The Examined Life

(Literary Masterpieces, Volume 34)

Robert Nozick, whose works include Anarchy, State, and Utopia (1974) and Philosophical Explanations (1981), is a philosopher who writes not only for his colleagues but also for the general reader. In The Examined Life: Philosophical Meditations, he addresses a variety of perennial human concerns: love, sex, death, the meaning of life, and much more. Each brief chapter focuses on a specific topic, but the book is not merely a collection of self-contained essays; certain themes and ways of approaching fundamental questions are developed.

In “Dying,” Nozick’s own “guess” about what death would be like if—and he stresses the “if”—it is not extinction is that it might be like the meditative states of Hindu and Buddhist teachings. Another possibility is that survival after death is a “temporary echo” of the life it succeeds. Or perhaps each person spends eternity in the “most real state” achieved during his or her life. Nozick raises none of these possibilities with any apparent conviction.

More intriguing if not more convincing is the thought that a computer program someday will be able to capture the essence of a life and make it available to later generations. Would this be a kind of immortality? “If ‘your’ programs were implanted into an organism, and experiences then induced in it, wouldn’t it be you who had these experiences? Future civilizations then might be the eventual creators of heaven and hell, parceling out just deserts.”

Nozick’s final suggestions about how to live—based on a “three-quarters” conviction that “we are wholly finite” —include determining the best conception of immortality and living our lives as far as possible in that mode. Perhaps we should modify this notion and aim at a restricted goal, living as if a small part of our being, at least, were eternal and thereby attaining “the dignity of eternity, if not the fact.”

The most appealing suggestion in this chapter comes at its close. Why not, toward the end of life, live it with more abandon, running serious risks in ventures of charitable import? Nozick is eloquent in his last word on dying:Such a path will not be for everyone, but some might seriously weigh spending their penultimate years in a brave and noble endeavor to benefit others, an adventure to advance the cause of truth, goodness, beauty, or holiness—not going gentle into that good night or raging against the dying of the light but, near the end, shining their light most brightly.

In “The Nature of God, the Nature of Faith,” Nozick states his own agnosticism, defining the religious sensibility today as simply the acceptance of God as a ”possibility.” He analyzes the concept of God this way:God is (1) the most perfect actual being (2) who is very high on the scale of perfection, “perfect enough” to be God, and (3) whose perfection is vastly greater than that of the second most perfect actual being, and (4) who is in some way most importantly connected to our universe, perhaps as its creator (though not necessarily ex nihilo) or perhaps in some other way.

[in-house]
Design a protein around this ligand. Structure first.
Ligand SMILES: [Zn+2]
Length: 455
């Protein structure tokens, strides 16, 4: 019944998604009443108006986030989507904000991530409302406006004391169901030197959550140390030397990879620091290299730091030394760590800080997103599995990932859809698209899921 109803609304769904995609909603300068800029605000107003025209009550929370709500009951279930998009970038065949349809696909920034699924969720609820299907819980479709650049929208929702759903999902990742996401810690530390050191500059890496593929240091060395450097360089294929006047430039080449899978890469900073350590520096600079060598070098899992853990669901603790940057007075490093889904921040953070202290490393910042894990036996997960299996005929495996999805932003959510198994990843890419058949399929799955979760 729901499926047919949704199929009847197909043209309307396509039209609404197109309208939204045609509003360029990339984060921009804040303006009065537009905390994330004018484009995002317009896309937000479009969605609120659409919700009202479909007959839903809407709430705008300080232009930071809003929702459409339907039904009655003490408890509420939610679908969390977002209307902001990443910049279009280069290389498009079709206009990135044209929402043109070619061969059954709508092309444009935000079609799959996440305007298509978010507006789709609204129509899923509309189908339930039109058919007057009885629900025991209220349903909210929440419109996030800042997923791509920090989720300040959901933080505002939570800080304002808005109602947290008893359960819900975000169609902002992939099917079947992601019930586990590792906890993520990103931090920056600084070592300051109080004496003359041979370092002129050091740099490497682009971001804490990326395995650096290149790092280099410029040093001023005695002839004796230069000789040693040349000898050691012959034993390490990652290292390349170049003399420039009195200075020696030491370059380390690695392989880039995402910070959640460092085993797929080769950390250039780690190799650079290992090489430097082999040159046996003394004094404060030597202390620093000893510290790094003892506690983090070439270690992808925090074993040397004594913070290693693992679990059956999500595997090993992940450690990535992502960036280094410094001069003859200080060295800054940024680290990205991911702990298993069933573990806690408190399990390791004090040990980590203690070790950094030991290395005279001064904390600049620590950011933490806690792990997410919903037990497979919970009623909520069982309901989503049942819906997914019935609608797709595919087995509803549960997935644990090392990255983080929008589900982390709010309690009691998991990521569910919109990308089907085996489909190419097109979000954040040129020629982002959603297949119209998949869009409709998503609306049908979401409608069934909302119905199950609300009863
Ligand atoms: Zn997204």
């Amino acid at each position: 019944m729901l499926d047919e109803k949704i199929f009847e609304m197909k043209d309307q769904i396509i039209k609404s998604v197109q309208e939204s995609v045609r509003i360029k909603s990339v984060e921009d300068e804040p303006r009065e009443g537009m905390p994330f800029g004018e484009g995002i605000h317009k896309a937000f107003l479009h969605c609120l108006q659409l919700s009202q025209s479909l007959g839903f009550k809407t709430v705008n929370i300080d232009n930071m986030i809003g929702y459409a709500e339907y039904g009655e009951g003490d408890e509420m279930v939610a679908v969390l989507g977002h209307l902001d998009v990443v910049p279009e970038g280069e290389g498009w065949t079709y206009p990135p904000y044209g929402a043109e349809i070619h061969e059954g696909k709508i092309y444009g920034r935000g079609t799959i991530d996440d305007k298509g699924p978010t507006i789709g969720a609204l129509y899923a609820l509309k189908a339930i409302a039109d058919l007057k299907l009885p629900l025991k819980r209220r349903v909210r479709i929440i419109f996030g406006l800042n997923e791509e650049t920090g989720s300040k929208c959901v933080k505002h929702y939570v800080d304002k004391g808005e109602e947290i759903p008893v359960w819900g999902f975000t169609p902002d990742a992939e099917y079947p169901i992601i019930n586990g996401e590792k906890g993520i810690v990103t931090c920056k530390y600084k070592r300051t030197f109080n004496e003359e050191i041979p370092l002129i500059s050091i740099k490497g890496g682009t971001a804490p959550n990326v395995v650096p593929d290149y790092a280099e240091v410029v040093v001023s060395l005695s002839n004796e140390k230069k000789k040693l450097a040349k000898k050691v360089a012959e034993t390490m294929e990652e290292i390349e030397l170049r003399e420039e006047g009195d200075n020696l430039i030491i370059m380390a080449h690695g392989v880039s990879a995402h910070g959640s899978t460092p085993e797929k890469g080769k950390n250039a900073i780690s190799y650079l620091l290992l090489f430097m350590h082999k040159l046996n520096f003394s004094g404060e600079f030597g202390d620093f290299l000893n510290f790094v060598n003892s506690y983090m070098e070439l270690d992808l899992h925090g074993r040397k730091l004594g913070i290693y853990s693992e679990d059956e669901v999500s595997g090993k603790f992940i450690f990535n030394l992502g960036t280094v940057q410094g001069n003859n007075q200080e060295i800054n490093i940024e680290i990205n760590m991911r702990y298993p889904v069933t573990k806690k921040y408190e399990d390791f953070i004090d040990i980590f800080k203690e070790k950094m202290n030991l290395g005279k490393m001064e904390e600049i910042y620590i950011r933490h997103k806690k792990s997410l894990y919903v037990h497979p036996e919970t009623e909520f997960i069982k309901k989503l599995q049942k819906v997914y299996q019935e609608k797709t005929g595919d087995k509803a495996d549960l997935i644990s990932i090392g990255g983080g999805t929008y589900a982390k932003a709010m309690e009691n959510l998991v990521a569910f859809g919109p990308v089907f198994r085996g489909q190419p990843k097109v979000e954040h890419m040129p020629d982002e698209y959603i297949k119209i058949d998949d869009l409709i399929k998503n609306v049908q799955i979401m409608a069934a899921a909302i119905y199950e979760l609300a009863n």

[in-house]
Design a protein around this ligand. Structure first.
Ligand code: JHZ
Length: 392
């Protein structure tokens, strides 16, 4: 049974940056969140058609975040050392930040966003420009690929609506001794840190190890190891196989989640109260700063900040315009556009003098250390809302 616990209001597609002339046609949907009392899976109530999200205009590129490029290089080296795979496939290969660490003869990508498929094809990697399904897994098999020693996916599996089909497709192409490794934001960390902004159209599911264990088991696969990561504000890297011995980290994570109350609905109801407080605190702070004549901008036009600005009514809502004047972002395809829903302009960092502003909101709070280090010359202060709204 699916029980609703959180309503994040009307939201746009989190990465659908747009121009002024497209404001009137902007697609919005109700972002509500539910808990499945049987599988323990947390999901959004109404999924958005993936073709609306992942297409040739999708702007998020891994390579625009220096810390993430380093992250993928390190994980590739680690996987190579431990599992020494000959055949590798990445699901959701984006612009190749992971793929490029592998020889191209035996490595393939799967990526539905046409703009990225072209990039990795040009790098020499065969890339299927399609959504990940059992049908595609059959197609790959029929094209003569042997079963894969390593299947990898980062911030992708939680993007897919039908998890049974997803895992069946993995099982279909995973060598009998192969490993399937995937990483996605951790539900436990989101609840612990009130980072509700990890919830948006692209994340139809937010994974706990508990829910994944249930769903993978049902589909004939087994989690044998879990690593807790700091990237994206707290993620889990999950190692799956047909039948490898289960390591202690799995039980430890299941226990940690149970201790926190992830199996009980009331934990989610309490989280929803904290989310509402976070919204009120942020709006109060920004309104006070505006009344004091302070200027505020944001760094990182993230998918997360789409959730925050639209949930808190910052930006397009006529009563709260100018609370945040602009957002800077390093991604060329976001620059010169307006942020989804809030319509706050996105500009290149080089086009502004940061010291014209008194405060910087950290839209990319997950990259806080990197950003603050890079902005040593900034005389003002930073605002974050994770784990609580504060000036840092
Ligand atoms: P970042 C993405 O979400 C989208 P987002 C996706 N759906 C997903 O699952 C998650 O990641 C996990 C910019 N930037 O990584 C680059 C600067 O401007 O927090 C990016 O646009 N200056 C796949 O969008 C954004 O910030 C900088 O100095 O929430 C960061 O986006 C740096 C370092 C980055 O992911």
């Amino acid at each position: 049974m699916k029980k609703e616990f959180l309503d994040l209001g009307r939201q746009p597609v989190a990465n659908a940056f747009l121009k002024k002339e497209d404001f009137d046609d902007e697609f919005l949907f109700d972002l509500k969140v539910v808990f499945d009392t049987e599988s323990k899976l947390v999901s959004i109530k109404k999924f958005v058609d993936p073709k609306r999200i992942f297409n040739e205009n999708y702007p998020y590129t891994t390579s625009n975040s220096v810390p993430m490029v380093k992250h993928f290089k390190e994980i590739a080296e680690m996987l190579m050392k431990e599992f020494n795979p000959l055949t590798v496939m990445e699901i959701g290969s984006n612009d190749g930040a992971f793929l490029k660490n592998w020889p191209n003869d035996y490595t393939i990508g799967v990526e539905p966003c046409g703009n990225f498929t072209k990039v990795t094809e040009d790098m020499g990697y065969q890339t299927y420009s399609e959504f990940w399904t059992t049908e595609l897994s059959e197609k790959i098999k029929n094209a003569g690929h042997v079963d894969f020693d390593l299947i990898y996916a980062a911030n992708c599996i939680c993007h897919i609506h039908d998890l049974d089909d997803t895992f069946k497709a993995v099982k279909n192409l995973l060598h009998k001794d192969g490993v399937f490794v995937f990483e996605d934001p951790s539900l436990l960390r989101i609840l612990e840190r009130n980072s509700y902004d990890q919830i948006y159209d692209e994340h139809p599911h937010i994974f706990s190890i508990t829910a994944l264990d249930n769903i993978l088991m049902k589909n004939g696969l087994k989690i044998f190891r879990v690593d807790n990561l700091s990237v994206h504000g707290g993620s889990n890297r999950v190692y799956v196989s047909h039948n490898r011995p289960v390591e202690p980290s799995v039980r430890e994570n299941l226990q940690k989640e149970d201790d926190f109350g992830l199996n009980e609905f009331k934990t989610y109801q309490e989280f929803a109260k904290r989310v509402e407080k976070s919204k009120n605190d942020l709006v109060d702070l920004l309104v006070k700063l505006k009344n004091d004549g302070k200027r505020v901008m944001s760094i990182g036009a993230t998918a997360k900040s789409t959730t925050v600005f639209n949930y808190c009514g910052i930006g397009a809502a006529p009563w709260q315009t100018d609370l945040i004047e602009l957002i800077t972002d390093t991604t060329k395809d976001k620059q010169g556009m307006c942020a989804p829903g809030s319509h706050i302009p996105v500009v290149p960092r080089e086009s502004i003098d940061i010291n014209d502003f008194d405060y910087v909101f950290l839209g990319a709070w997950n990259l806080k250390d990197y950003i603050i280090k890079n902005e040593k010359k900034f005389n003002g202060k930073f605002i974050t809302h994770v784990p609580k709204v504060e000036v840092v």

It is not reasonable that God will send any dramatic sign of his existence for it is hard to conceive of anything that would be permanently convincing, and so it is unfair to expect that humans will ever come up with satisfying proof of God’s existence. We are left, then, with faith, the only basis for which is a trust in our own deepest experiences. On this point, Nozick asserts significantly that “Our fundamental connection to the world is not explanatory, but one of relation and trust.” The best course of action seems to be to proceed with faith in one’s experience, offering a tentative affirmation but maintaining an openness to further experience and remembering that others’ deepest experiences may not corroborate one’s own.

In “Emotions,” Nozick links emotions to the intrinsic value of phenomena external to us. Emotions become a means of validating the things that we experience. Value judgments for Nozick are not subjective: Things are objectively more or less valuable depending on the degree of “organic unity” they reveal. Emotions are “our internal psychophysiological response to the external value, a response that is specially close by being not only due to that value but an analog representation of it.” (Nozick devotes an appendix to amplifying the analog metaphor, summed up in his succinct note that “The model depicts a continuous process or dimension in the world by corresponding continuous changes in itself.”) Emotions are, then, analog responses to objective values which derive from high organic unity, and the subsequent close unity of the valuable thing and the emotional response to it results in more value. Moreover, our emotions enhance our power to create value, and they give substance to our selves. To feel more deeply is to be more real. “Emotions do not simply feel good; intense and fitting emotions make us more.”

The chapter on “Happiness” spells out the first two of eight “reality principles” that Nozick formulates over the course of these essays. The...

(The entire section is 2128 words.)


(Literary Masterpieces, Volume 34)

Kirkus Reviews. LVII, October 1, 1989, p.1454.

Library Journal. CXIV, December, 1989, p.127.

The New Republic. CCI, November 6, 1989, p.122.

The New York Times Book Review. XCIV, October 29, 1989, p.15.

Publishers Weekly. CCXXXVI, October 13, 1989, p. 34.

The Washington Post Book World. XIX, November 19, 1989, p.4.